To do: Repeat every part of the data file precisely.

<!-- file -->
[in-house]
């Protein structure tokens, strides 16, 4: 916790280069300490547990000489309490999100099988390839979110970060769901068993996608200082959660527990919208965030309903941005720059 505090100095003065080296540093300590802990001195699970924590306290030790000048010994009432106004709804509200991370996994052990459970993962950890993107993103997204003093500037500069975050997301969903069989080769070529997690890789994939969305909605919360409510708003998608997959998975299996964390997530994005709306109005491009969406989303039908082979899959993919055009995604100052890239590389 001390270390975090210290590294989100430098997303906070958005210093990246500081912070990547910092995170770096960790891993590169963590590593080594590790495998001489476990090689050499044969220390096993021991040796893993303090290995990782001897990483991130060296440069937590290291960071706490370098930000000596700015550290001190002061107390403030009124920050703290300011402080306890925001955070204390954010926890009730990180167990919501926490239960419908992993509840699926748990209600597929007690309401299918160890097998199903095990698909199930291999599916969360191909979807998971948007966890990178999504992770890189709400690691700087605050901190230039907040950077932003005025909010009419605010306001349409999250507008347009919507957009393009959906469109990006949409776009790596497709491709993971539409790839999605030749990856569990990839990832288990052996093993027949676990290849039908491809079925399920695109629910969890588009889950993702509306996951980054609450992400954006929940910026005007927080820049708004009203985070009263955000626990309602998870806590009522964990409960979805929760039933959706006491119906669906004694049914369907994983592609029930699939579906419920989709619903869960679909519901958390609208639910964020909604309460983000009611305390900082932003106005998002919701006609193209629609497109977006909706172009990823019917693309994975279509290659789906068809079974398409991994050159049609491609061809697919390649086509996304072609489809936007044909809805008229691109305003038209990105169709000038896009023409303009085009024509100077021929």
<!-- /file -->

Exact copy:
[in-house]
């Protein structure tokens, strides 16, 4: 916790280069300490547990000489309490999100099988390839979110970060769901068993996608200082959660527990919208965030309903941005720059 505090100095003065080296540093300590802990001195699970924590306290030790000048010994009432106004709804509200991370996994052990459970993962950890993107993103997204003093500037500069975050997301969903069989080769070529997690890789994939969305909605919360409510708003998608997959998975299996964390997530994005709306109005491009969406989303039908082979899959993919055009995604100052890239590389 001390270390975090210290590294989100430098997303906070958005210093990246500081912070990547910092995170770096960790891993590169963590590593080594590790495998001489476990090689050499044969220390096993021991040796893993303090290995990782001897990483991130060296440069937590290291960071706490370098930000000596700015550290001190002061107390403030009124920050703290300011402080306890925001955070204390954010926890009730990180167990919501926490239960419908992993509840699926748990209600597929007690309401299918160890097998199903095990698909199930291999599916969360191909979807998971948007966890990178999504992770890189709400690691700087605050901190230039907040950077932003005025909010009419605010306001349409999250507008347009919507957009393009959906469109990006949409776009790596497709491709993971539409790839999605030749990856569990990839990832288990052996093993027949676990290849039908491809079925399920695109629910969890588009889950993702509306996951980054609450992400954006929940910026005007927080820049708004009203985070009263955000626990309602998870806590009522964990409960979805929760039933959706006491119906669906004694049914369907994983592609029930699939579906419920989709619903869960679909519901958390609208639910964020909604309460983000009611305390900082932003106005998002919701006609193209629609497109977006909706172009990823019917693309994975279509290659789906068809079974398409991994050159049609491609061809697919390649086509996304072609489809936007044909809805008229691109305003038209990105169709000038896009023409303009085009024509100077021929």